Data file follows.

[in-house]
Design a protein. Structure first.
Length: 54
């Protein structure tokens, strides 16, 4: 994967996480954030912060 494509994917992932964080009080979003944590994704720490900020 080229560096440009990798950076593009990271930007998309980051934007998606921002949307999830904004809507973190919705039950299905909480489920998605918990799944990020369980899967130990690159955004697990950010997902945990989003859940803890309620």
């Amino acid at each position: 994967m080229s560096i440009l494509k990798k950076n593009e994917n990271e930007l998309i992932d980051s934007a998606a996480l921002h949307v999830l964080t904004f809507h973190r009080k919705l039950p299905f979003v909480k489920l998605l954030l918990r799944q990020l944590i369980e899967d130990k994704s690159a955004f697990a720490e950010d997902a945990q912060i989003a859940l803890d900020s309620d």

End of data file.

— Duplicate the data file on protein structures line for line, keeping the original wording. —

[in-house]
Design a protein. Structure first.
Length: 54
């Protein structure tokens, strides 16, 4: 994967996480954030912060 494509994917992932964080009080979003944590994704720490900020 080229560096440009990798950076593009990271930007998309980051934007998606921002949307999830904004809507973190919705039950299905909480489920998605918990799944990020369980899967130990690159955004697990950010997902945990989003859940803890309620």
């Amino acid at each position: 994967m080229s560096i440009l494509k990798k950076n593009e994917n990271e930007l998309i992932d980051s934007a998606a996480l921002h949307v999830l964080t904004f809507h973190r009080k919705l039950p299905f979003v909480k489920l998605l954030l918990r799944q990020l944590i369980e899967d130990k994704s690159a955004f697990a720490e950010d997902a945990q912060i989003a859940l803890d900020s309620d």